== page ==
The chancellor had previously opposed the move, but many non-euro countries, such as the United States, Britain, Japan and China have increased pressure for an expansion of the package.
“We will not be able to resist this pressure in the long-run,” Merkel said. If the package were to be expanded, Germany would be set to pay €280 billion into the fund. The country’s current share is €211 billion.
The European Financial Stability Facility (EFSF) is designed to help euro countries in serious financial trouble. The newspaper said Merkel is now thinking about raising the top credit limit from €500 billion to €750 billion. The final decision is expected to be made at the end of March.
The EFSF currently has €500 billion. Of that about half is available to be loaned out. This summer the EFSF is to be replaced by the European Stability Mechanism (ESM), which will have the ability to lend as much as €500 billion.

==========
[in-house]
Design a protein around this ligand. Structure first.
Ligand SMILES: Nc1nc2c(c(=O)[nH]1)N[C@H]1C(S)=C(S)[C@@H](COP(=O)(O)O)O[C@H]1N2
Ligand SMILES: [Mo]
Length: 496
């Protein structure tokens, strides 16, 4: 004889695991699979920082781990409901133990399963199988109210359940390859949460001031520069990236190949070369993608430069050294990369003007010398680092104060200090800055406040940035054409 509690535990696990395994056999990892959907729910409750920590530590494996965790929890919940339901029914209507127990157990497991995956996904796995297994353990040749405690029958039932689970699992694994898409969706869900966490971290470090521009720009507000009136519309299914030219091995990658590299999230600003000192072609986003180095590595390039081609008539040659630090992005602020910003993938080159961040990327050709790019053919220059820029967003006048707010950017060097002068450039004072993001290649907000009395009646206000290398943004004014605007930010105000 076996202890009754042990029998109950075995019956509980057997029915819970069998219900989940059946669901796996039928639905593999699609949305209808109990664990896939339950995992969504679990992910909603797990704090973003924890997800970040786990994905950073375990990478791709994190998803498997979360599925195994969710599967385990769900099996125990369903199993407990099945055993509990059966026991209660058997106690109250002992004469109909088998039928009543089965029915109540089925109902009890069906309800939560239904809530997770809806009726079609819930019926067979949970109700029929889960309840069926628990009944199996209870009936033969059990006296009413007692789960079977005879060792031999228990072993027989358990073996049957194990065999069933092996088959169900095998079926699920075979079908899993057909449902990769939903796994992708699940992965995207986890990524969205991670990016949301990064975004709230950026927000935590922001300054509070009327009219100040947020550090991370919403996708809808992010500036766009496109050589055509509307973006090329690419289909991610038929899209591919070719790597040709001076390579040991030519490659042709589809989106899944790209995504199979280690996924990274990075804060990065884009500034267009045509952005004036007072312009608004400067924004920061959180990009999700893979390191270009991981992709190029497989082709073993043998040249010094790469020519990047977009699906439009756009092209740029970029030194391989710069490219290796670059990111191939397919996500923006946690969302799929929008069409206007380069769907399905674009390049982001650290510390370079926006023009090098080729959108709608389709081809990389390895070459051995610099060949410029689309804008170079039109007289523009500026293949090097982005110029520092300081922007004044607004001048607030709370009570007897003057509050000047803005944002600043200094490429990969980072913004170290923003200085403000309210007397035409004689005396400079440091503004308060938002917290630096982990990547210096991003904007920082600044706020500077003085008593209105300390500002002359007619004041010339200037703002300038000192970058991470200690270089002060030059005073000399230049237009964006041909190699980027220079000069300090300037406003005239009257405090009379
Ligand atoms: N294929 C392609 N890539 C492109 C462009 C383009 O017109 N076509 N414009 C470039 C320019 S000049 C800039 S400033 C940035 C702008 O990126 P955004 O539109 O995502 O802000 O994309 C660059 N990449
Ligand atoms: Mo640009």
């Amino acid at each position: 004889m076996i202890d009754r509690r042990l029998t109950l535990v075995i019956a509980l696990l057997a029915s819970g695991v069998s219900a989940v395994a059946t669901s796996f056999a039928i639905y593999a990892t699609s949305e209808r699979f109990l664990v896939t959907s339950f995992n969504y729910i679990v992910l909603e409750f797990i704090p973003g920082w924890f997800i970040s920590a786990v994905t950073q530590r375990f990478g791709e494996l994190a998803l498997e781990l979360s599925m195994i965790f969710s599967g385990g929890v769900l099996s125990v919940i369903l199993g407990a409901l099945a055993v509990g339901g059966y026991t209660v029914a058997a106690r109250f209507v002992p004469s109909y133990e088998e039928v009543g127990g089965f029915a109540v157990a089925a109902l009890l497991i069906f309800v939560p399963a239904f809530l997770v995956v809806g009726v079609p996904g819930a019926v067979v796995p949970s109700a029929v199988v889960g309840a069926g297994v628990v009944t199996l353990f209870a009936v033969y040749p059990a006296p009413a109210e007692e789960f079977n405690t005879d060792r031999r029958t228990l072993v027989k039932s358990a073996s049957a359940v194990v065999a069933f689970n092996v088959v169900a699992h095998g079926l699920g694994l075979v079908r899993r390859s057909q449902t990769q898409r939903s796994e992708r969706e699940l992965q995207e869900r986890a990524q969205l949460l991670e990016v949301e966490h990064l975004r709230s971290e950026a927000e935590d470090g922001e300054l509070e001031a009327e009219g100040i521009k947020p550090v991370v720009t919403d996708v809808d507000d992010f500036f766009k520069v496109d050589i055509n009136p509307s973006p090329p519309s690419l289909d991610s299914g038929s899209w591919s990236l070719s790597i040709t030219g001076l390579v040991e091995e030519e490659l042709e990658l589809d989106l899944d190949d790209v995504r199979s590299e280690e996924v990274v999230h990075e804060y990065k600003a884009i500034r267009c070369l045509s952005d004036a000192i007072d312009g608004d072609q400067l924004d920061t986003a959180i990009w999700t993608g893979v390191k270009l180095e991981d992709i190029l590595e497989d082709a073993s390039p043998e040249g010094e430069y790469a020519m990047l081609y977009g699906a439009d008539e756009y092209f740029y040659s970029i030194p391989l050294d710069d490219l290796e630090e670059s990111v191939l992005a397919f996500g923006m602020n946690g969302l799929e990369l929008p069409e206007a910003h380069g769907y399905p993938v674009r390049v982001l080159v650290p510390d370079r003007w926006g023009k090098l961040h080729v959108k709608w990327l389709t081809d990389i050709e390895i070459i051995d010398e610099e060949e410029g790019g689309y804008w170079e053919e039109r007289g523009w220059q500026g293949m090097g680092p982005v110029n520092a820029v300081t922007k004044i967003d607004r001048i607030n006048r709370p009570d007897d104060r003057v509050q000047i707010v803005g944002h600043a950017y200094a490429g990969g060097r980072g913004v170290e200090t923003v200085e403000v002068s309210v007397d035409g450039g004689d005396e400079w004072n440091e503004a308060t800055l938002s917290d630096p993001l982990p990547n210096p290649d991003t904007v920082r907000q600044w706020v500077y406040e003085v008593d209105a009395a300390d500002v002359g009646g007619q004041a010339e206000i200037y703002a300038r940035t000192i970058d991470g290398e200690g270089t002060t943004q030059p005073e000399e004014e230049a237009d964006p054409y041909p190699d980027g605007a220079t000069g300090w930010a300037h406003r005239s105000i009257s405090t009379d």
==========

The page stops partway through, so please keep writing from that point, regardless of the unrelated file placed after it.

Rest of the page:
Public opinion in Germany has grown increasingly hostile to the bailouts, an attitude reinforced by negative media reporting. The perception that hard-working Germans are paying for the fecklessness of southern Europeans has become widespread.
German anti-Greek rhetoric has fuelled a rise in anti-German sentiment among Greeks, a country bordering on bankruptcy that has been a key target of EFSF funds.
The Süddeutsche Zeitung said due to Germany’s previous resistance to increasing the fund, European leaders are not expected to discuss the fund’s size at their meeting in Brussels Thursday and Friday. A final decision will most likely be made in April.
Germany is calling for the IMF to increase its fund for crisis management to $600 billion. Other IMF countries, such as the UK, have said they are only willing to agree to this if Merkel signs off on a higher euro stability fund package.